Referring to the drawings more particularly by reference numbers, number 20 in FIG. 1 refers to a prior art patch antenna that includes a conducting ground plane 22, a conducting patch 24 and a dielectric spacer 26 spacing the patch 24 parallel to and spaced from the ground plane 22. Suitable feed means 28 electrically insulated from the ground plane 22, extend therethrough and through the dielectric spacer 26 to feed RF energy to the patch 24. Although the patch 24 is shown as square in shape, it is also quite common to have circular patches either center fed or fed adjacent the edge as feed 28 is positioned. For any patch antenna operating in the lowest order mode, TM11 for a circular patch and T10 for a rectangular patch, a linearly polarized radiation pattern can be generated by exciting the patch 24 at a single feed point such as feed point 28. For antenna 20, which has a square patch that is a special case of a rectangular patch, the patch 24 generates a linearly polarized pattern with the polarization aligned with the y-axis. This can be understood by visualizing the antenna 20 as a resonant cavity 30 formed by the ground plane 22 and the patch 24 with open side walls as shown in FIG. 2. When excited at its lowest resonant frequency, the cavity 3 produces a standing half wave 31 (λ/2) when operating at the lowest order mode is shown, with fringing electric fields 32 and 34 at the edges 36 and 38 that appear as radiating slot 40 and 42 (FIG. 3). This electric field configuration has all field lines parallel with the y-axis and hence produces radiation with linear polarization. When a feed 44 is located on the x-axis as shown in FIG. 4, all electric field lines are aligned with the x-axis. If two feeds 28 and 44 are present simultaneously, one on the x-axis and the other on the y-axis as shown in FIG. 4, then two orthogonal electric fields are generated. Because the fields are orthogonal, they do not couple or otherwise affect each other and circular polarization results if the feeds are fed at 90 relative phase. With two feeds 28 and 44, four polarization senses can be generated. When feed 4 alone is used, there is linear horizontal polarization. When feed 28 only is used, there is linear vertical polarization. When feeds 28 and 44 are activated with feed 28, 90° in phase behind feed 44, then the antenna 20 radiates RF signals with right hand circular polarization. When feed 28 is fed 90° ahead of feed point 44, left hand circular polarization results. Therefore, with two feeds and the ability to switch between them, any of the four polarizations can be generated from a single antenna 20.
As shown in FIG. 2, the maximum electric field is positioned at the edges 36 and 38 of the patch 24 whereas the minimum electric field occurs at the center 45 of the patch 24. At some intermediate positions between the center 45 and the edges of the patch 24, impedances occur that may match the characteristic impedance of the transmission line of feed 28. The feeds 28 and 44 are preferably placed so the impedances perfectly match.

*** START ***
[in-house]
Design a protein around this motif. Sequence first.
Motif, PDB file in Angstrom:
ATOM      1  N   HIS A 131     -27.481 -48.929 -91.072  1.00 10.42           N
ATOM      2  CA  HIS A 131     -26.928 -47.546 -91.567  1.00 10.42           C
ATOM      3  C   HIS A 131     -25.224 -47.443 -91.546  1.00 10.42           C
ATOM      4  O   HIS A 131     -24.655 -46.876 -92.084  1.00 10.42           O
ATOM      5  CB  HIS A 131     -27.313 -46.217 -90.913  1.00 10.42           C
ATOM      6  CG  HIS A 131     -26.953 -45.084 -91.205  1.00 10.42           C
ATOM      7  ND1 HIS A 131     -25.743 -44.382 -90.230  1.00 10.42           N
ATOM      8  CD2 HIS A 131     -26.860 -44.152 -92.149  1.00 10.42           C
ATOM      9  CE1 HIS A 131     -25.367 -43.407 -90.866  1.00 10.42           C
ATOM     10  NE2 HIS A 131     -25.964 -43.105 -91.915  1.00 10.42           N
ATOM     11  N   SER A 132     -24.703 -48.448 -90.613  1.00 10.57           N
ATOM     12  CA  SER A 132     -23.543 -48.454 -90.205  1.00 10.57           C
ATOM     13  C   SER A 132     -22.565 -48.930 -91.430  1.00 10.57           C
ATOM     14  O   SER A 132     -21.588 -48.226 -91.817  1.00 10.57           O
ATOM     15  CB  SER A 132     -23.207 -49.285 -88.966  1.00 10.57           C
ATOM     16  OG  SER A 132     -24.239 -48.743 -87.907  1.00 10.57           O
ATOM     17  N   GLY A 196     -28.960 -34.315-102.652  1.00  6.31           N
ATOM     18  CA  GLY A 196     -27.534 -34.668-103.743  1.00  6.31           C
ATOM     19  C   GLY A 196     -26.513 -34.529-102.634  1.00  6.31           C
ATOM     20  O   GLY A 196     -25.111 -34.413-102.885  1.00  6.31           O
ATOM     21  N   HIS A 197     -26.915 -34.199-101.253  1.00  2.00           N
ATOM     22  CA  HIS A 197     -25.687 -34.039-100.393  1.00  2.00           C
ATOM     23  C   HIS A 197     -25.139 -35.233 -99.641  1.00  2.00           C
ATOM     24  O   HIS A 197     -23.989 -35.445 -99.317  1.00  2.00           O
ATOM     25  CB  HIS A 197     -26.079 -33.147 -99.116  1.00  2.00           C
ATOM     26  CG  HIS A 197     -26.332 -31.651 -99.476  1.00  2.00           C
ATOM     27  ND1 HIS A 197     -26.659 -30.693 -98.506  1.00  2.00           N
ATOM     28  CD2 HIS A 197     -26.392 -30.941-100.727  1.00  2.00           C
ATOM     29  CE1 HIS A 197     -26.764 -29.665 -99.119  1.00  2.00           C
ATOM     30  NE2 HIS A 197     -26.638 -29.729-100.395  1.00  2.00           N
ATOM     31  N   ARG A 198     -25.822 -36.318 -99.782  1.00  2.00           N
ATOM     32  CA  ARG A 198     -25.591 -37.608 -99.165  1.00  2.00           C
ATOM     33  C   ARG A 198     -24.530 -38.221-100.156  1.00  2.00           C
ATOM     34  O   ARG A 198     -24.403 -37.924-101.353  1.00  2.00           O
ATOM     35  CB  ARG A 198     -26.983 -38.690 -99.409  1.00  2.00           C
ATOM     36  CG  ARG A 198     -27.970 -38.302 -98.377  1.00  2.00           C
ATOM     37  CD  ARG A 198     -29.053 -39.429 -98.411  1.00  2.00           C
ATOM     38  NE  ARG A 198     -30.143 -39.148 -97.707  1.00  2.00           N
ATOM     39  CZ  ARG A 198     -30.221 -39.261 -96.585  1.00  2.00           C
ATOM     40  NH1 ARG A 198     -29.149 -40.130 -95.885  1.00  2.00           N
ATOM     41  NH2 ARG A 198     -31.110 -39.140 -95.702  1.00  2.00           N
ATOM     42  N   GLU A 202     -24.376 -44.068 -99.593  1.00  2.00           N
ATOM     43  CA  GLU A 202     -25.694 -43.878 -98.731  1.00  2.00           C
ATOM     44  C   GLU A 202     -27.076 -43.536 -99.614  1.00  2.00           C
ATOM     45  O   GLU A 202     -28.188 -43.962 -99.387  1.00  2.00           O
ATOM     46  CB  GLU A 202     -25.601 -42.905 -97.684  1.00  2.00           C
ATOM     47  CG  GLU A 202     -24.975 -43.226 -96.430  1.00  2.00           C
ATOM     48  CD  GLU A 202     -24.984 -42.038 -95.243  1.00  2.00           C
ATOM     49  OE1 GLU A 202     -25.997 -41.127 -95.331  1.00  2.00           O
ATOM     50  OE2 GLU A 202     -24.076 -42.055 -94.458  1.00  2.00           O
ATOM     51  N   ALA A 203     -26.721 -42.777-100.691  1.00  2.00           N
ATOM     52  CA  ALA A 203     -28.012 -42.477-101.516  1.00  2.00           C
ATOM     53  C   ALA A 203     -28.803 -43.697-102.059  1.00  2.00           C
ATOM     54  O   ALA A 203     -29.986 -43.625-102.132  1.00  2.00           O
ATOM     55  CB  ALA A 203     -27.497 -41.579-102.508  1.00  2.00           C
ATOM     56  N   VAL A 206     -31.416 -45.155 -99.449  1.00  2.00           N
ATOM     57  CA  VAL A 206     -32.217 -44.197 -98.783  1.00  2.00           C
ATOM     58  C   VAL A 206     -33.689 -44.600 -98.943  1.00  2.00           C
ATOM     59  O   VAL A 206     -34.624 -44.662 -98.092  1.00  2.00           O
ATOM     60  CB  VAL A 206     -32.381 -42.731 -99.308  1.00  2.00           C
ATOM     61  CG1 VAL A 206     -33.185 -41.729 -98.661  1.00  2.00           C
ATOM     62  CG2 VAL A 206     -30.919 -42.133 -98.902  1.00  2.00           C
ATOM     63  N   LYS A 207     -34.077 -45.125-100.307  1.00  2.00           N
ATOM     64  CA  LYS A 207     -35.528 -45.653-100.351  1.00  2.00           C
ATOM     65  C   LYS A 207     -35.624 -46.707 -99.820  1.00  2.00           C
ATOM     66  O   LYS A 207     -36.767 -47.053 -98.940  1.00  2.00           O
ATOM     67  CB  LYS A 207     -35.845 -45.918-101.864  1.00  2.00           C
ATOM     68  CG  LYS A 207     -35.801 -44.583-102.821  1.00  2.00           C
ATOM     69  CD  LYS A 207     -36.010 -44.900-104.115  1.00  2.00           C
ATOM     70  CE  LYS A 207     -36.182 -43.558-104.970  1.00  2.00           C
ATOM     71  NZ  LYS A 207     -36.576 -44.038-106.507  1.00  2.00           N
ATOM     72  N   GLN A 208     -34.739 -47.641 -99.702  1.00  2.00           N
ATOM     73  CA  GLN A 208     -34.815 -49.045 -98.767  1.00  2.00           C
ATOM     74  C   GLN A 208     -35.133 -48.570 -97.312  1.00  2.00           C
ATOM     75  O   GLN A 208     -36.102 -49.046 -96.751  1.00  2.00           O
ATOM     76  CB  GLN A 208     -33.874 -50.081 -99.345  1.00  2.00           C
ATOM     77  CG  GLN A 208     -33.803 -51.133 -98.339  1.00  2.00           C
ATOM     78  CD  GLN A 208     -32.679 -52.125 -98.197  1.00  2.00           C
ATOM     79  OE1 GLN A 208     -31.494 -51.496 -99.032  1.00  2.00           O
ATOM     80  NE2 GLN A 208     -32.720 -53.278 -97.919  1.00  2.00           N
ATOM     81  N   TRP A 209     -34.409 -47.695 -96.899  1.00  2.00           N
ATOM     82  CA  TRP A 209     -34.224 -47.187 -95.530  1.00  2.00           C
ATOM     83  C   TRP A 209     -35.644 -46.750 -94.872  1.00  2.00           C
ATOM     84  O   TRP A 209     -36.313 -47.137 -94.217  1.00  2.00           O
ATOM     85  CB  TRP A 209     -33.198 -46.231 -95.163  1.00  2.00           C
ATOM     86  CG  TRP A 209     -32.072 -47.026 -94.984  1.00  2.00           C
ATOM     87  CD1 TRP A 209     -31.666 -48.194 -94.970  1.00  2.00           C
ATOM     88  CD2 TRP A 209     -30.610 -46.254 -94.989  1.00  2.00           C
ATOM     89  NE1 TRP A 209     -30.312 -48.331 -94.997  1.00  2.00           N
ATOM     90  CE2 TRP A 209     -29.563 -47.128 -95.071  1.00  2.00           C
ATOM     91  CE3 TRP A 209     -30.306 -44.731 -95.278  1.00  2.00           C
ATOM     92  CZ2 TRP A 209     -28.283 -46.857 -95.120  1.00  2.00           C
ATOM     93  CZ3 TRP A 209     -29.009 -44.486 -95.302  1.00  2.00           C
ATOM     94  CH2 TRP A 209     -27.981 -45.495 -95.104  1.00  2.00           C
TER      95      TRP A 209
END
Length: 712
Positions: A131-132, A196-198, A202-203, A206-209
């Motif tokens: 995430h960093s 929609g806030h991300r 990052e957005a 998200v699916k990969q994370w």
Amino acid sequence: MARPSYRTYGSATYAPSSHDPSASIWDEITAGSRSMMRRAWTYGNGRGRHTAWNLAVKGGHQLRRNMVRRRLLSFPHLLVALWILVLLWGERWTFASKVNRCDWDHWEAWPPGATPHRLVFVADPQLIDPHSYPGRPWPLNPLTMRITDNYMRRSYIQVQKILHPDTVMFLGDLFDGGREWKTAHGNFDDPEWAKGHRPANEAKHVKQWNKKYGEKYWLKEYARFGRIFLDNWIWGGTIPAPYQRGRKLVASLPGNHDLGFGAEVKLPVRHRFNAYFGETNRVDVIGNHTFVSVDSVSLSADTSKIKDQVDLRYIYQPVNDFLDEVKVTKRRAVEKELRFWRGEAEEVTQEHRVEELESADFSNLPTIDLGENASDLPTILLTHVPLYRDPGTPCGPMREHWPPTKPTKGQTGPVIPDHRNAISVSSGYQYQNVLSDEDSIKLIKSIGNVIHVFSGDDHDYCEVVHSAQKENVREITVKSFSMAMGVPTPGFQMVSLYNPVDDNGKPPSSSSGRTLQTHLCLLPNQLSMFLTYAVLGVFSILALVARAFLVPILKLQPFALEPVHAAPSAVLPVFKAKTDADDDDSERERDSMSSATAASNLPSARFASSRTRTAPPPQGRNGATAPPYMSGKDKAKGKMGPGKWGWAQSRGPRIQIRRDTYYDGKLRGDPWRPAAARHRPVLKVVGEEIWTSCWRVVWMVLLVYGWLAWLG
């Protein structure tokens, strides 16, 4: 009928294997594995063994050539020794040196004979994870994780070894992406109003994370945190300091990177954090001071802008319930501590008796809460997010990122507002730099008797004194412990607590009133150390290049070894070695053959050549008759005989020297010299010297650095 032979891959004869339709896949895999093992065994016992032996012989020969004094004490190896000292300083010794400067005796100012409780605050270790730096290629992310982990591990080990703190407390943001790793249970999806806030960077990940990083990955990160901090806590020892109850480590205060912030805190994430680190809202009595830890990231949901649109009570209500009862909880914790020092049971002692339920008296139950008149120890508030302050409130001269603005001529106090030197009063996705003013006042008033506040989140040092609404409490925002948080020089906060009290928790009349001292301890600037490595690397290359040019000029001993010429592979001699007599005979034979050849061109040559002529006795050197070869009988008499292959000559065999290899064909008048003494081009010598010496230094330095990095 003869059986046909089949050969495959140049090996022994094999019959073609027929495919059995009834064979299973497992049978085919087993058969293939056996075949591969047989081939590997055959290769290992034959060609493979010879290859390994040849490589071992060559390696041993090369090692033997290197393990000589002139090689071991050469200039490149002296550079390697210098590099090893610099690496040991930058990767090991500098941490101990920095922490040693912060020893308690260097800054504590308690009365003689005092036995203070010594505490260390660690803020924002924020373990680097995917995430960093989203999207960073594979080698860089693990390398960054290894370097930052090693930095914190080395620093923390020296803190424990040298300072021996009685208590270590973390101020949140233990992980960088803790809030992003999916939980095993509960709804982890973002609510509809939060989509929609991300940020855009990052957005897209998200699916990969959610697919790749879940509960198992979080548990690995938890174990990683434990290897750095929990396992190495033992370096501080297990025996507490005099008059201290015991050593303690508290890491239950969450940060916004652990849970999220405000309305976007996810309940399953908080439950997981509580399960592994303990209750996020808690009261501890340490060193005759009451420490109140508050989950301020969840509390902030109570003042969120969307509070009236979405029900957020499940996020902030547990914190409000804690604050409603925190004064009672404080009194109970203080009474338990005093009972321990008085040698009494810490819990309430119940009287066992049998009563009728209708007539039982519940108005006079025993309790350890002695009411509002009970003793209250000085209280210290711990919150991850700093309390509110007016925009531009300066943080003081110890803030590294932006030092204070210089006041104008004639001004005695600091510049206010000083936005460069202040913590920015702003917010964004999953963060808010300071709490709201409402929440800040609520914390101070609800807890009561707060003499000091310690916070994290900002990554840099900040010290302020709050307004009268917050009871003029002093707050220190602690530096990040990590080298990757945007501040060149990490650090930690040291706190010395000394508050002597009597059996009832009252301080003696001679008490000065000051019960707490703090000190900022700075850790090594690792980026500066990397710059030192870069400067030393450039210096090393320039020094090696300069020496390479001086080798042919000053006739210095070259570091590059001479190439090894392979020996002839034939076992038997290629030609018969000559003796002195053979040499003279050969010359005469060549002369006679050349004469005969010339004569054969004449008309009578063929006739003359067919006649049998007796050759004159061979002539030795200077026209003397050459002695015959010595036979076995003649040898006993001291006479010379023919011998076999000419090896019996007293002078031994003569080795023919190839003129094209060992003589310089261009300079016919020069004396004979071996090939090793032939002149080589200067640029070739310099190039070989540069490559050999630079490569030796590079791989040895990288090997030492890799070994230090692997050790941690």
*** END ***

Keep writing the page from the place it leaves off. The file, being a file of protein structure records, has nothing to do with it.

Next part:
A simplified antenna 50 constructed according to the present invention is shown in FIG. 5 with only one polarization shown for simplicity. The antenna 50 and other antennas constructed in accordance with the present invention to be described hereinafter, are shown on a planar ground plane even though all of the present antennas can by curved within reason to confirm to curved or compound curved surfaces of air vehicles or other supporting structure on or in which they may be mounted. The antenna 50 includes a patch 51 with three equally-spaced tuning bars or strips 52, 54, 56 and 58, 60 and 62 on opposite sides 64 and 66 of the patch 51. The resonant frequency of the antenna 50 is inversely proportional to the total effective patch length, that is the length of the patch 51 plus any of the strips 52 through 62 connected thereto. Therefore, the highest resonant frequency of the antenna 50 occurs when all of the strips 52 through 62 are disconnected from the patch 51. Possible operating states that can be generated with antenna 50 include fhighest (fO) for just the patch 51, fmid-high (f1) for the patch 51 with strips 52 and 58 connected, fmid-low (f21) for the patch 51 with strips 52, 54. 58 and 60 connected and flowest (f321) for the patch 51 with all of the strips 52 through 62 connected. However, the antenna 50 can be used with some of the outermost strips like 56 and 62 connected and the remaining strips disconnected (FIG. 6) to produce an operating frequency f3 somewhat higher than flowest (f321) as shown in FIG. 7, which is a graph of return loss versus frequency. Another possible configuration has the patch 51 connected to strips 54, 56, 60 and 62 but not strips 52 and 58 to produce a frequency f32 just above flowest. The extra frequencies that are possible by connecting different combinations of strips allow antennas of the present invention to be designed with fewer tuning strips and connecting components, while still providing continuous coverage over the frequency range of interest.